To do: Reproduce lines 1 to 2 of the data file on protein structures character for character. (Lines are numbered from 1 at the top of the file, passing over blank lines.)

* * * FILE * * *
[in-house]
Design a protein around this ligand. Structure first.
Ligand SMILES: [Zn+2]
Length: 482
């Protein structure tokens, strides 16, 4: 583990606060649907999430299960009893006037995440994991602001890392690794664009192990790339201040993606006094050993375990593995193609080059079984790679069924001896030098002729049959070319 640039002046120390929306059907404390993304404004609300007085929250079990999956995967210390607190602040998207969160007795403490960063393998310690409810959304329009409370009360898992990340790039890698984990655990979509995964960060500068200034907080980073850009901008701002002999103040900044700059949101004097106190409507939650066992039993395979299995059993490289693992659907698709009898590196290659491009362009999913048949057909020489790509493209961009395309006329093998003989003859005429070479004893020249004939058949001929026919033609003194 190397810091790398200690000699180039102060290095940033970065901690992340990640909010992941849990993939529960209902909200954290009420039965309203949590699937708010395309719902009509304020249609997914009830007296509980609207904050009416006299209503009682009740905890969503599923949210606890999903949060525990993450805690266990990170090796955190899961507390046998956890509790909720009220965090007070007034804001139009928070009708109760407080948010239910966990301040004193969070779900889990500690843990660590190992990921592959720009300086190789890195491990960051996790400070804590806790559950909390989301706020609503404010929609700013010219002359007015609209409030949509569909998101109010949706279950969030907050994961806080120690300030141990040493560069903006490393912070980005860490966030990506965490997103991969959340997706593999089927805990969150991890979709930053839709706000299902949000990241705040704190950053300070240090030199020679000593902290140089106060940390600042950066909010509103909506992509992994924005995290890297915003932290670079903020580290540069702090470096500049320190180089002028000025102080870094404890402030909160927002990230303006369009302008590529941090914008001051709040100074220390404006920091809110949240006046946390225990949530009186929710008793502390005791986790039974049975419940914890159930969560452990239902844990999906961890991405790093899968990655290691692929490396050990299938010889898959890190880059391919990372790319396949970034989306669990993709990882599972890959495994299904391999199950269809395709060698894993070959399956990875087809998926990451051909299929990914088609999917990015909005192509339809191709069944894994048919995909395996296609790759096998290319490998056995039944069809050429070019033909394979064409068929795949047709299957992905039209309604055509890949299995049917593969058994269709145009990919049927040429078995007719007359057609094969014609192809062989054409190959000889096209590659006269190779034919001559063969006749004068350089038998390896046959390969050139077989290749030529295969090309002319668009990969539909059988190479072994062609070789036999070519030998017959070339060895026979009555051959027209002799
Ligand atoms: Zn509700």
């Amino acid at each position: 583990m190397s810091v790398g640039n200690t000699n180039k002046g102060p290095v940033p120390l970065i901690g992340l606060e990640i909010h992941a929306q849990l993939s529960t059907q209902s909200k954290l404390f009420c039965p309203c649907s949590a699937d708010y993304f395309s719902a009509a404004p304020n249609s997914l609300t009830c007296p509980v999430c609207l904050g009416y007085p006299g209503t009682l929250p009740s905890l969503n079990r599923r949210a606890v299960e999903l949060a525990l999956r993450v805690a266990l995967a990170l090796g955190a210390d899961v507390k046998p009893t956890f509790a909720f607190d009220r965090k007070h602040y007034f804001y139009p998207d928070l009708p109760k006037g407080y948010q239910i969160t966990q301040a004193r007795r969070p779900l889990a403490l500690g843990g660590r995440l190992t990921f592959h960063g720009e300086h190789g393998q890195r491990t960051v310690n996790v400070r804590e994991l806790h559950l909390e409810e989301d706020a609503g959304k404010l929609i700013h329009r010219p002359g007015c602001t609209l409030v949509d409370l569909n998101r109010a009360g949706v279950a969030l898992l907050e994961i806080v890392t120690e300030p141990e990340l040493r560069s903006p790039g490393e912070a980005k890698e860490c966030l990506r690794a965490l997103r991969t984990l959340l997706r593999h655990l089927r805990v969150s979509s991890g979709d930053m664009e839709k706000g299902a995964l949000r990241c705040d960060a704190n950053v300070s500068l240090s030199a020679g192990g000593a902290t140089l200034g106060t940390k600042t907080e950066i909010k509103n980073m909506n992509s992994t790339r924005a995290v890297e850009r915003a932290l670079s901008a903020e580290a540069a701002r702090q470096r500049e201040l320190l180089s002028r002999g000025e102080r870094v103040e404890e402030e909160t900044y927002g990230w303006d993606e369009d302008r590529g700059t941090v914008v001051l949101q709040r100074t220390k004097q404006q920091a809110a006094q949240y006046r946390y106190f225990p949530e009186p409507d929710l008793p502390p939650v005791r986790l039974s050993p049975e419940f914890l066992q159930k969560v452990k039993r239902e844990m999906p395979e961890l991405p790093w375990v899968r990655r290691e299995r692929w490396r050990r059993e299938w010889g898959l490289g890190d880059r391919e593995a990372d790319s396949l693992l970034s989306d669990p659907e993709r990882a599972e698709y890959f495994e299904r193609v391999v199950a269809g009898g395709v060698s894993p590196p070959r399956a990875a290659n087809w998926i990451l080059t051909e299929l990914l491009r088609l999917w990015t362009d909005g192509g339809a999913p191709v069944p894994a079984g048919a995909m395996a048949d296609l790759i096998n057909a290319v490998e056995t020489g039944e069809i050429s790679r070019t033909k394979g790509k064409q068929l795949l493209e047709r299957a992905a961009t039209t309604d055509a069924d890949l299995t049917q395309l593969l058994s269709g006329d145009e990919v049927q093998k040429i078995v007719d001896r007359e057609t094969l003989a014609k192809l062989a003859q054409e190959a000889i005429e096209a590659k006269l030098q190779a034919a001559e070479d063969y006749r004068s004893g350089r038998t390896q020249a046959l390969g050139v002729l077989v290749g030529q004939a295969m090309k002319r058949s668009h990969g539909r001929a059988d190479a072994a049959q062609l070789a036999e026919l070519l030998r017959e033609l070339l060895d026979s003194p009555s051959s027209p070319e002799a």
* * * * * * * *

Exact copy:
[in-house]
Design a protein around this ligand. Structure first.